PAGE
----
Art in the city: developing community involvement through art.

Author:Miranov, Aaron

How many people can say they knew exactly what they wanted to be when they grow up in the third grade and actually accomplish it? Well, Chamber member Chazz Miller, for one. In the third grade and even before, Miller was known at his school as the "King of Art." That year, he had to change schools and found himself face to face with another "King of Art." Needless to say, there was a showdown everyday in art class.


"When the teacher put the art up on the wall," Miller remembers, "his friends would cheer for his art and my friends would cheer for mine."

Fast forward a few decades, and the word Miller says most accurately sums up his typical day? Busy. (He wasn't kidding ... during the interview, no more than a few minutes passed without his cell phone buzzing).

Miller is founder and director of Public Art WorkZ, or P.A.W.Z, an initiative geared toward educating and empowering youth with art and revitalizing Detroit into a world class public art showcase. The goal of his program is to foster social and economic growth, while educating students that: 1. Art is in everything and should be used to achieve their highest academic performance, and 2. To become effective and productive members of society. Miller believes it's very important, especially here in Detroit, to maintain your identity and freedom of expression as an individual. Checking emails, organizing and cleaning is always first on the agenda for this early riser before starting on whatever general project is on tap for the day. Miller is always working on curriculum for the program he teaches and developing mural projects to get the community involved. One such class is on Tuesdays and Thursdays, where Miller oversees a University Prep mentoring and LIT program on 3-D animation.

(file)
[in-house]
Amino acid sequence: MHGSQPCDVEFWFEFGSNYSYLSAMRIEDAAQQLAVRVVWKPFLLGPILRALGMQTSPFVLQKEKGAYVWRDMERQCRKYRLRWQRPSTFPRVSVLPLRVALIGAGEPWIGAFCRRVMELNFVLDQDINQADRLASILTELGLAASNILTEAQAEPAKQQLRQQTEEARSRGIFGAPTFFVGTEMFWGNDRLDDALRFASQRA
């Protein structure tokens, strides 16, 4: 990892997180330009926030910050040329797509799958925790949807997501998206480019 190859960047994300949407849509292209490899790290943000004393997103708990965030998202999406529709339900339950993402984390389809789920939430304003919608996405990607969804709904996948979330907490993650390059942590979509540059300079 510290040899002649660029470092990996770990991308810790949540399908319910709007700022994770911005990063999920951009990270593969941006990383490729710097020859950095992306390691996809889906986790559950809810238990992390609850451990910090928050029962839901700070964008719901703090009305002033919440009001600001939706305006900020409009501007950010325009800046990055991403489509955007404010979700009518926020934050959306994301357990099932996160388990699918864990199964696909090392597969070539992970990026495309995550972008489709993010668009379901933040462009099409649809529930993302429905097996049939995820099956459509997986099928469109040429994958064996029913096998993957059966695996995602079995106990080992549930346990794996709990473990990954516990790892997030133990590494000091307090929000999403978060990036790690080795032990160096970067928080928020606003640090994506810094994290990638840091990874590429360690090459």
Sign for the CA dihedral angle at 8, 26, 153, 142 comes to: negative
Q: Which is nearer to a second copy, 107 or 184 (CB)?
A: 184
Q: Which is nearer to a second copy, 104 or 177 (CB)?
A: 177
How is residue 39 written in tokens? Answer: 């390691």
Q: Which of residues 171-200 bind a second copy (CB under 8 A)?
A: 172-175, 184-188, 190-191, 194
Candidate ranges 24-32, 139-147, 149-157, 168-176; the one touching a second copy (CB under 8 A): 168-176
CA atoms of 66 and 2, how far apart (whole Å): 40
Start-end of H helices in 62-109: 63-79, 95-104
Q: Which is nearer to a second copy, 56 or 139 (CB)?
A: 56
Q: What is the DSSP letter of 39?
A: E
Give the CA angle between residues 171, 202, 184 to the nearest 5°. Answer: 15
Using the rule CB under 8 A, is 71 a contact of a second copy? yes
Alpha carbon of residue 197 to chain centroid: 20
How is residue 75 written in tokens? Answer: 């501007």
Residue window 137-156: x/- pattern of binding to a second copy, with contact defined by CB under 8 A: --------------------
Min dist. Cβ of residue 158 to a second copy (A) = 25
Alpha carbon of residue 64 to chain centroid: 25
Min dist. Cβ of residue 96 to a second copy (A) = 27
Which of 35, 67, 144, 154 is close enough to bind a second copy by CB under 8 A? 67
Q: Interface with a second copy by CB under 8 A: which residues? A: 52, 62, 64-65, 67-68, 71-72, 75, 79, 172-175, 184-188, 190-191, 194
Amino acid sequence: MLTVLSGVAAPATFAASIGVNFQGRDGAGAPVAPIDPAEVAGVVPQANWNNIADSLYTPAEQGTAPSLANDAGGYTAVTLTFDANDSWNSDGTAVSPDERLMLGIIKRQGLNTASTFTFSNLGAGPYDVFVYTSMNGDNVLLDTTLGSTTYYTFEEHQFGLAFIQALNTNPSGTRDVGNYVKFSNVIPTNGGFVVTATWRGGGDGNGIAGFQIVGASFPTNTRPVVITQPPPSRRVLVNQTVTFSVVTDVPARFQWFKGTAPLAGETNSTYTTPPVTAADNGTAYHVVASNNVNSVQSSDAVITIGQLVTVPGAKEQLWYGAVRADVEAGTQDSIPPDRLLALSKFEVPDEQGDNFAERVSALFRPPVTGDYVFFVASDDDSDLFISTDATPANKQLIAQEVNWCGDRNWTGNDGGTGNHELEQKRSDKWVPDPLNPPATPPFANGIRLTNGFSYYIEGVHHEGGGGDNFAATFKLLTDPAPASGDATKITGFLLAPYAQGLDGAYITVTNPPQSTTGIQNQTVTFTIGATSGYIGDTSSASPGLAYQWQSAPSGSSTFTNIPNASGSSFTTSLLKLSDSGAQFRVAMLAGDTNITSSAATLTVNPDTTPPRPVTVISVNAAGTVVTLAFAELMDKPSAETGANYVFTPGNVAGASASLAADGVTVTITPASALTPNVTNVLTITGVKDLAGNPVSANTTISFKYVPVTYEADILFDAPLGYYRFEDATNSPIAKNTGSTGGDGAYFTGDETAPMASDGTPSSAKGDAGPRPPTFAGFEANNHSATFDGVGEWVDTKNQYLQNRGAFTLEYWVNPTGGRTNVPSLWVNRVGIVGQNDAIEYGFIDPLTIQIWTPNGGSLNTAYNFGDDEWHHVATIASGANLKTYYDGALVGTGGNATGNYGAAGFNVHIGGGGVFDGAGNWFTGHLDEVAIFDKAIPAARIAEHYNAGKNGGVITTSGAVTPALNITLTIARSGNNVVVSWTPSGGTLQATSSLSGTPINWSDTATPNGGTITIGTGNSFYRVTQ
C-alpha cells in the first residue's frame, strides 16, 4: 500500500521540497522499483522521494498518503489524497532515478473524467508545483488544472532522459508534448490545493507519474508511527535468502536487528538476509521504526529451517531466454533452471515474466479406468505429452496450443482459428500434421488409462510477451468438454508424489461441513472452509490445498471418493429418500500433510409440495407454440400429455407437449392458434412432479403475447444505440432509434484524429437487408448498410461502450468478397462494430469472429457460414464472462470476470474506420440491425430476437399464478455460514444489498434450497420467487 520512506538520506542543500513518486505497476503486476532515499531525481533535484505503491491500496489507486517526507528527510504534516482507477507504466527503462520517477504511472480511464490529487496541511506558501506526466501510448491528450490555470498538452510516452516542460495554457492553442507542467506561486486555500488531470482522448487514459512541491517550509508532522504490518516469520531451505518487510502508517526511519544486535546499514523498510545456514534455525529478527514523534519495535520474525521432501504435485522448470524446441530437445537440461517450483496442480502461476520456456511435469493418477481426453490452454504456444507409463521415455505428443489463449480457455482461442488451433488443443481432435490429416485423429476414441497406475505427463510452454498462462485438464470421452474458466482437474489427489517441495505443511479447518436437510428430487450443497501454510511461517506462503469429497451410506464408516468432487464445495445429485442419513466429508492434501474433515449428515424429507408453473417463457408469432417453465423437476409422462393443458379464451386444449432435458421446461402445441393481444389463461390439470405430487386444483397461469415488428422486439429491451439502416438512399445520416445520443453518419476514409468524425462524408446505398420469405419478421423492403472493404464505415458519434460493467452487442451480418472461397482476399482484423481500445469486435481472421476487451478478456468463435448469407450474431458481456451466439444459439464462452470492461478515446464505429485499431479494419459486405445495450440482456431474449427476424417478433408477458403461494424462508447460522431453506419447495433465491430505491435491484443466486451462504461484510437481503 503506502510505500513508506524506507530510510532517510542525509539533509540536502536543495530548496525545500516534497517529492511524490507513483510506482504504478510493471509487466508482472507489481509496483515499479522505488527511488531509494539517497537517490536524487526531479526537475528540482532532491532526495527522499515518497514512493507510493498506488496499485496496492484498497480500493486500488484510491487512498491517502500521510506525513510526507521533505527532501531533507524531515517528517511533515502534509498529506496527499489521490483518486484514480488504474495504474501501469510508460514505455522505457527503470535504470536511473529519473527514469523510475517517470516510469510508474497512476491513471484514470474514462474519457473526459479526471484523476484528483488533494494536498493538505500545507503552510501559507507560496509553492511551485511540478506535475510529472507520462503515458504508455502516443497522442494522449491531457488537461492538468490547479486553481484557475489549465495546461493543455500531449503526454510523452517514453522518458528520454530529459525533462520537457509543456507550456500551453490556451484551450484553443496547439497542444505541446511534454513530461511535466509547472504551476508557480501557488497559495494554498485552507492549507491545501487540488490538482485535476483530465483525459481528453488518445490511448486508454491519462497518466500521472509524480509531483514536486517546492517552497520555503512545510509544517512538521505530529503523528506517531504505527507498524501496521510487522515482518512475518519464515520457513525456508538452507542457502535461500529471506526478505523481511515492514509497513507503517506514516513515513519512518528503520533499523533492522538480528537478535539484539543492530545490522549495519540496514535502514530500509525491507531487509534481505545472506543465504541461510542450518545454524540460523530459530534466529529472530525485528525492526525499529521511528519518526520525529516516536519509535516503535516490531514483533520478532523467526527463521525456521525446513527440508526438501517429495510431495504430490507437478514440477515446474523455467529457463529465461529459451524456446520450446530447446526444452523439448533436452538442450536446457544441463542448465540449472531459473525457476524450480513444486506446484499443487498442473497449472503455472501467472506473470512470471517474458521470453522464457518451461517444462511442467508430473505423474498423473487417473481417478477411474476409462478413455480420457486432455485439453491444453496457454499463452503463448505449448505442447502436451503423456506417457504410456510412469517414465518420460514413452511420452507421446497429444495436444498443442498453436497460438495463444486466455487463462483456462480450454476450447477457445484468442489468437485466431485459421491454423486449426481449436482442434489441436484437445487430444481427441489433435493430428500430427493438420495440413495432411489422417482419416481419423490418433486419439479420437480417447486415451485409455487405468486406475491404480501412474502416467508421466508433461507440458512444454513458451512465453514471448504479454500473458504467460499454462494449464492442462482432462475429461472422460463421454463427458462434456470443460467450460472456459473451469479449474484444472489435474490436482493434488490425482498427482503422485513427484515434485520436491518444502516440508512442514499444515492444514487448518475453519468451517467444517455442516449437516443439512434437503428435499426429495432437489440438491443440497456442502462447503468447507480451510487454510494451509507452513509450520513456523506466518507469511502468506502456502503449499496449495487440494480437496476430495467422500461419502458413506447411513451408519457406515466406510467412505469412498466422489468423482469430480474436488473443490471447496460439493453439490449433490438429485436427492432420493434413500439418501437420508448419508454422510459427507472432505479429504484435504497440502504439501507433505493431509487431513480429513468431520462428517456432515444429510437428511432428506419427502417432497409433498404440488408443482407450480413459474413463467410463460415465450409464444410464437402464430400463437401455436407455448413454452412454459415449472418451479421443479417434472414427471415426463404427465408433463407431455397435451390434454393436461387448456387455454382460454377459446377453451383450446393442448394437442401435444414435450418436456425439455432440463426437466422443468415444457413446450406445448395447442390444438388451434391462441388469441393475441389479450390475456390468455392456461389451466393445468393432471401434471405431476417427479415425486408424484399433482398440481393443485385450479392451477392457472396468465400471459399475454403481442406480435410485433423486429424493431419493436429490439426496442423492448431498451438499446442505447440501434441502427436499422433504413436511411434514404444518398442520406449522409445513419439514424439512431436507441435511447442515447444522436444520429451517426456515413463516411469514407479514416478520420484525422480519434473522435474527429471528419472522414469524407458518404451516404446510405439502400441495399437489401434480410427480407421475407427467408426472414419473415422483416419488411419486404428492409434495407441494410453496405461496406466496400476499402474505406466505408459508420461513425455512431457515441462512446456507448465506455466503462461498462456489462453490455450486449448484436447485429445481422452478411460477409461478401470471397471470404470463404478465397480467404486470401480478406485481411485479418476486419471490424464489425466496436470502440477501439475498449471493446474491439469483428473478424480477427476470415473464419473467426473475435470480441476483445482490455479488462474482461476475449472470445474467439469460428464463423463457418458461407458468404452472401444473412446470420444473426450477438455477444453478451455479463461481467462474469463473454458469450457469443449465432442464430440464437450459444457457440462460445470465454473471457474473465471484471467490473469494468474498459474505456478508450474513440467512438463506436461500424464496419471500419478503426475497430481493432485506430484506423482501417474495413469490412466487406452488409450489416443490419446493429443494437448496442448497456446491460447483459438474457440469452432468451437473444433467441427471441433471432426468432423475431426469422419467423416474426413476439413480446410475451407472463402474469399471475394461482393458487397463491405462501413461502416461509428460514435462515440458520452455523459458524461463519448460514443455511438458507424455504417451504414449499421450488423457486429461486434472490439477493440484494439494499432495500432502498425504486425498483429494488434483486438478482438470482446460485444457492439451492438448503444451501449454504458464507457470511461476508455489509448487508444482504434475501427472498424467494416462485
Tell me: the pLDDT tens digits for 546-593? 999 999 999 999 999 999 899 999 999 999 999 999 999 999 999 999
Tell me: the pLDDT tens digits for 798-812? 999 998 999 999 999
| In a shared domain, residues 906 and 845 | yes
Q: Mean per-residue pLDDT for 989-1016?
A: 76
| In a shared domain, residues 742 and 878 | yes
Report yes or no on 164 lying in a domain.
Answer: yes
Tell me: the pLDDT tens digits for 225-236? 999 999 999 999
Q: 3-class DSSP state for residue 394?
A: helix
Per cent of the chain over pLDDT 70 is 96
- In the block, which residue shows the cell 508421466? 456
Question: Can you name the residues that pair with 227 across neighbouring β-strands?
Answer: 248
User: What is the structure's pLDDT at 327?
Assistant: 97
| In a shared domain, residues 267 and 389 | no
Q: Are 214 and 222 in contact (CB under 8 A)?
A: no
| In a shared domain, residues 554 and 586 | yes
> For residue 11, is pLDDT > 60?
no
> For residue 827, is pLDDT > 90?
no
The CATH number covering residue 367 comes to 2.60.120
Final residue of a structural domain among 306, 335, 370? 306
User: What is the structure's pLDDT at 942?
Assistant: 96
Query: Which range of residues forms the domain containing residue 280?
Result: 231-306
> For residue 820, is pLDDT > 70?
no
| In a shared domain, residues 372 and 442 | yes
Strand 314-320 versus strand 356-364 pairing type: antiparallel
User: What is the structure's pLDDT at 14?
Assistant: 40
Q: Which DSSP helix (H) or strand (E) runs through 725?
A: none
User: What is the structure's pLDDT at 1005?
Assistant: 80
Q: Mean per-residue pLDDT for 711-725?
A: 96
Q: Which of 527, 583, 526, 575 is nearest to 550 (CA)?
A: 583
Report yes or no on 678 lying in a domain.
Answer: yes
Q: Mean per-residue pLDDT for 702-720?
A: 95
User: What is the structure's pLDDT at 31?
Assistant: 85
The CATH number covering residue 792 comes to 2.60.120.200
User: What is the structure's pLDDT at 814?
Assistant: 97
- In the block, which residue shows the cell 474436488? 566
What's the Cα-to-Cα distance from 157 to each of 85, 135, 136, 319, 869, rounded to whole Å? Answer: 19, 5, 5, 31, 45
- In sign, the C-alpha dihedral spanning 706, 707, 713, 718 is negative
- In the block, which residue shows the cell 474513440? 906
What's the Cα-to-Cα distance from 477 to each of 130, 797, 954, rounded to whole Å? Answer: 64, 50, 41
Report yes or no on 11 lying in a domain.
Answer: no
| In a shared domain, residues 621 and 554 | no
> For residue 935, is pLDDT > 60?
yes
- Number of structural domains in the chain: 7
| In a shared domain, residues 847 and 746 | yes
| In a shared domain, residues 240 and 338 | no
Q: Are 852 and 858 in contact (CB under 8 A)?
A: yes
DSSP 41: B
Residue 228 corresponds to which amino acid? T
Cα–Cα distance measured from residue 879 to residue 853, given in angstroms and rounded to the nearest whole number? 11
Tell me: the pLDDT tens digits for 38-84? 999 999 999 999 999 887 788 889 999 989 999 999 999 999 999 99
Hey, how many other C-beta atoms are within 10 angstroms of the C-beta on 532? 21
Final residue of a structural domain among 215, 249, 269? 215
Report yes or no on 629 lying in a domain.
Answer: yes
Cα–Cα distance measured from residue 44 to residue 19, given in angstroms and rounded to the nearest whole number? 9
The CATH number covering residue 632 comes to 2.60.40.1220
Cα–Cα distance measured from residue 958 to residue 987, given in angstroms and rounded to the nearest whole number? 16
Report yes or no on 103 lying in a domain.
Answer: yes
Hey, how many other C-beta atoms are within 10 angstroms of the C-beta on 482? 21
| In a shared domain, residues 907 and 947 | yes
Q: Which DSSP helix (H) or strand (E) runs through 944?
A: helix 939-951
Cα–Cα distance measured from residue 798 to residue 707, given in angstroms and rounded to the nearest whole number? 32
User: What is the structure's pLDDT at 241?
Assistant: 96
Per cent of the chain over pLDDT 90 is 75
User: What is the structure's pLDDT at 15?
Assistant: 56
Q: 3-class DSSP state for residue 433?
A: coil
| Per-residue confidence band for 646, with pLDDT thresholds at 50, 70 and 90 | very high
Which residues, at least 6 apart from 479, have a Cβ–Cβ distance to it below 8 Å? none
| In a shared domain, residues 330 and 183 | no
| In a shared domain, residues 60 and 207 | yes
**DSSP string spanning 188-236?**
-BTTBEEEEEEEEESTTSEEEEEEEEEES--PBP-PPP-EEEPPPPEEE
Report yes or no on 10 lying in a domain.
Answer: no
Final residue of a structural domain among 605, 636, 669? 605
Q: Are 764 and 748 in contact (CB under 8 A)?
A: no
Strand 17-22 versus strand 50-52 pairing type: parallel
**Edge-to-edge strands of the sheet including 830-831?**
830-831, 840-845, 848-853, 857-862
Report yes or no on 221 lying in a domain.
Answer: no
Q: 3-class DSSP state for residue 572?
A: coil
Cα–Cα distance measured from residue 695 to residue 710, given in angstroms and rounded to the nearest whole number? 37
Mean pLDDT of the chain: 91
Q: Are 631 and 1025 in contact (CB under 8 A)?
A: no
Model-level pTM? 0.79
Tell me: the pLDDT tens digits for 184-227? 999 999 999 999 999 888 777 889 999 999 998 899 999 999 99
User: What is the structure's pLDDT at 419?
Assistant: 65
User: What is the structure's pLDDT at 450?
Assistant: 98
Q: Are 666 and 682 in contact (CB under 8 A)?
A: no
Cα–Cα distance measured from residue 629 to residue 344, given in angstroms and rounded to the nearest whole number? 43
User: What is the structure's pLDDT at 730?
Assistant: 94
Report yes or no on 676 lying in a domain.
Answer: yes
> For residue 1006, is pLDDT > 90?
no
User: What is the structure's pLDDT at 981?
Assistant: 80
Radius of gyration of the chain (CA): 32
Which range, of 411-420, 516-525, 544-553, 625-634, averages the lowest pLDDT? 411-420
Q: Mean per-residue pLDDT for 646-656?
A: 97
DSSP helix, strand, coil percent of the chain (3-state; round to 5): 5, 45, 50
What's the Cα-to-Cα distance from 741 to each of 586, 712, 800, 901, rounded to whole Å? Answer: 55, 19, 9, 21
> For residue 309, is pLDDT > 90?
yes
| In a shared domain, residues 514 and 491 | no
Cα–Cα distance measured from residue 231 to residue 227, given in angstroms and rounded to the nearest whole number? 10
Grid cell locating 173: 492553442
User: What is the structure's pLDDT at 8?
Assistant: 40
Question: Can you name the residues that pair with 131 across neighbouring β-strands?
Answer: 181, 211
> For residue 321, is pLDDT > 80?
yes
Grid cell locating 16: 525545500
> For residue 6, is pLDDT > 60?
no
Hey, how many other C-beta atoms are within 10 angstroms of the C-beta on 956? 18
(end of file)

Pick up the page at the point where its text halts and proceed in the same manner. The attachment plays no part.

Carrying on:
Miller calls his studio Artist Village - and it's where he has successfully worked on projects for countless clients over the years. The client list is as diverse as the studio itself, including J.L. Automotive, United Way, the Charles H. Wright Museum of African American History and the United States Air Force, just to name a few, Miller also helped start and name the Johansen Charles Gallery in Eastern Market with Kevin Hanson, a local photographer, entrepreneur and longtime friend who has a lot of strong influence in the Eastern Market area. The Johansen Charles Gallery still carries many events and is very well known around Detroit.

Diversity initiatives


To continue reading